WashingtonI guess I’m accommodating to the diagnosis. I go through days or even weeks when I notice no symptoms … at least no new symptoms. I suppose I’m getting used to picking up a new magazine and reading half way through an article only to realize that I’ve not only read the magazine previously but that I also read this same article just a few days ago. Or blanking on a word in every conversation. Or spending five minutes looking through our tiny apartment for my hat or shoes or backpack several times a day. I am used to it and it doesn’t feel abnormal. I catch myself thinking what I’m going to say to friends or those who read my blog if this whole thing turns out to be a false alarm.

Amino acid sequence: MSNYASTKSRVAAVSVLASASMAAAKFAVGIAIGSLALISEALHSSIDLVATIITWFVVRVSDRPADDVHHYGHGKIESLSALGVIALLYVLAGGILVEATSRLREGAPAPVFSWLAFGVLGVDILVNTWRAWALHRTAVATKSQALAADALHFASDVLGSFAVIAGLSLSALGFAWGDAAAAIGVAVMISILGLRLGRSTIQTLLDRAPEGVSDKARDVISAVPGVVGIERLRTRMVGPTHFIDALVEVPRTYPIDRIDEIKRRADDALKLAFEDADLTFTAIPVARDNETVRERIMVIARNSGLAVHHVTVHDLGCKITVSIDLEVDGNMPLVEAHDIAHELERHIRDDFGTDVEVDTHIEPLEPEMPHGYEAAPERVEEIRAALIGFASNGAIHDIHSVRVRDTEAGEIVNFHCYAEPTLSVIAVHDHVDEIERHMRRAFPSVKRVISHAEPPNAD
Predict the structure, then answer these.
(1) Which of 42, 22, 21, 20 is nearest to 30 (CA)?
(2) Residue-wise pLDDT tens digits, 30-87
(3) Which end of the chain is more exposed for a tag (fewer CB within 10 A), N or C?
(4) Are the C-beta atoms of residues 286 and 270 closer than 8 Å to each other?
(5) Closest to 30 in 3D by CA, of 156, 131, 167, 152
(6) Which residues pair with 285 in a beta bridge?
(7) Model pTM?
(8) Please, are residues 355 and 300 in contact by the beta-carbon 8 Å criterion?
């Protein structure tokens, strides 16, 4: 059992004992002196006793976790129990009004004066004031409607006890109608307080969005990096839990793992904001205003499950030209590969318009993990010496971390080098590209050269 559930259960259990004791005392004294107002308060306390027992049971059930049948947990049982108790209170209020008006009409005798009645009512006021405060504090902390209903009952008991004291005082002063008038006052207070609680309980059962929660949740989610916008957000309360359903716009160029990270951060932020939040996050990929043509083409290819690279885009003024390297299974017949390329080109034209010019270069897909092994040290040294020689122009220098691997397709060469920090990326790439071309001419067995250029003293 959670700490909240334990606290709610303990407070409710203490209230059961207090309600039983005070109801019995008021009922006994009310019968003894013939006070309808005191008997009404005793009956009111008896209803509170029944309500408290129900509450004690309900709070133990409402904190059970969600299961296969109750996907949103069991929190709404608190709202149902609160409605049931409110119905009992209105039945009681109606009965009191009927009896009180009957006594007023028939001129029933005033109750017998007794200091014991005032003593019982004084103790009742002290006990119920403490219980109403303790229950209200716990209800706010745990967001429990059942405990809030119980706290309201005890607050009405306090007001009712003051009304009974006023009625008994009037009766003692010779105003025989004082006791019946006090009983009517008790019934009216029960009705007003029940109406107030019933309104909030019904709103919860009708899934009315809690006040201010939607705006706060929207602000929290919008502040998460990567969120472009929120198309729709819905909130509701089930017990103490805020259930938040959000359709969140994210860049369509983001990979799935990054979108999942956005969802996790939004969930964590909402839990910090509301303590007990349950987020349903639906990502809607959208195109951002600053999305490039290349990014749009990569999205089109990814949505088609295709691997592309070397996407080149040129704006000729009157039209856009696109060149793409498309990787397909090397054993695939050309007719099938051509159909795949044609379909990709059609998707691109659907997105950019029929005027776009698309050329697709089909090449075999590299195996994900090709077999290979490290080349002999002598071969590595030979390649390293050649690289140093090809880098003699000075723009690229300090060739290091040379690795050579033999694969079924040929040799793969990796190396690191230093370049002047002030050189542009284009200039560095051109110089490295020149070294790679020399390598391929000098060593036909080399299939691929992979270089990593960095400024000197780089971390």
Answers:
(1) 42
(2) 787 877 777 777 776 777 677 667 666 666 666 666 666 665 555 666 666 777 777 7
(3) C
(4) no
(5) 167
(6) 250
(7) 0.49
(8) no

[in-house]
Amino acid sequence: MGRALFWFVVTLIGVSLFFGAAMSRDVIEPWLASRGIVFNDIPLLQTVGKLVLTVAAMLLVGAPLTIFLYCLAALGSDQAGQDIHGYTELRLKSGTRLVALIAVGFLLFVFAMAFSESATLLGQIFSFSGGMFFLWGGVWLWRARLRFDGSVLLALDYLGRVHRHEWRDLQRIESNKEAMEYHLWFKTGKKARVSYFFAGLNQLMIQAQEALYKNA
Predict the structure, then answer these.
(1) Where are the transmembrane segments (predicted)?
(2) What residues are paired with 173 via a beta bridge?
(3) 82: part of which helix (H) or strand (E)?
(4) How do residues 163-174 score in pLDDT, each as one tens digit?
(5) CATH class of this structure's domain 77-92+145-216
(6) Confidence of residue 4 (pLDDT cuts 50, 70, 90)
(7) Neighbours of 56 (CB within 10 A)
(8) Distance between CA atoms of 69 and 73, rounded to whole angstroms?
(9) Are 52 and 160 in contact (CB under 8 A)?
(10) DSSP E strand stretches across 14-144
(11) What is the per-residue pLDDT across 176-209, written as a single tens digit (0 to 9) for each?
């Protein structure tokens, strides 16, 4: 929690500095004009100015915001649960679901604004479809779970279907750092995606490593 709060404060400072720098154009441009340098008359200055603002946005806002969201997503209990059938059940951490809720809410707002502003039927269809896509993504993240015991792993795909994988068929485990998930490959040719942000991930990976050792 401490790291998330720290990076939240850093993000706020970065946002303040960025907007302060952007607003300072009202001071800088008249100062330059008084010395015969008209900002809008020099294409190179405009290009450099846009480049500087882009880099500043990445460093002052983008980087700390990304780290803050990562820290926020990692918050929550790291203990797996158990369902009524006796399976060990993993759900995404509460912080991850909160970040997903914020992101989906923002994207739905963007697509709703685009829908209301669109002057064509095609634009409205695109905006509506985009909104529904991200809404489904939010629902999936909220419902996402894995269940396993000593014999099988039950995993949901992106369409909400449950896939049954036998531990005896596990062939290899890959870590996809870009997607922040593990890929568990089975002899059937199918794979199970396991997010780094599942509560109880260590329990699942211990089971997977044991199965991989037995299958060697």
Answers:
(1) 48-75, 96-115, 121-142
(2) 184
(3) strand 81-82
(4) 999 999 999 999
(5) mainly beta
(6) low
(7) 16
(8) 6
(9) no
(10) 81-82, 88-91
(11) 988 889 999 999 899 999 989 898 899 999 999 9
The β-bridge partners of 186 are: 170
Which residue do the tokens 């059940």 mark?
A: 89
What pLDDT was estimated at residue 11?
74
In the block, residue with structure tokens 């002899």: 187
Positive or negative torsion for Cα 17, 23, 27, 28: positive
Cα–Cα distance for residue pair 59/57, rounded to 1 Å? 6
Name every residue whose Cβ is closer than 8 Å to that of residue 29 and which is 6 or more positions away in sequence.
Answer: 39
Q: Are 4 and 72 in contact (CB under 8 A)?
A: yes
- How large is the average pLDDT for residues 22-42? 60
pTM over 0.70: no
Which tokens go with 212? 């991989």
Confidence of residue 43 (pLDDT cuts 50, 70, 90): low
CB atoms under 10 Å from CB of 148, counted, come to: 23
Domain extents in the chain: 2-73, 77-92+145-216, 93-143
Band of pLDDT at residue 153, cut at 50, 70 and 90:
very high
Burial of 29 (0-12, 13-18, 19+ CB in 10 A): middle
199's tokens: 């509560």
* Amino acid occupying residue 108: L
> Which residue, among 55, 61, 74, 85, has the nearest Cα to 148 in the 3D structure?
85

I shouldn’t blame Marja, then, for flipping back and forth in how she thinks of me, too, one night concerned that I’ve just fallen for a telephone scam, the next cautioning me about publishing this blog because it might be something else, not Alzheimer's. We both go back and forth.
I continue to be amazed at the wonderful conversations I’m having with people. I’ve had good conversations with people before this disease, of course, but it now happens repeatedly. My second discussion class with the interns at Joseph’s House was very rewarding. What a gift!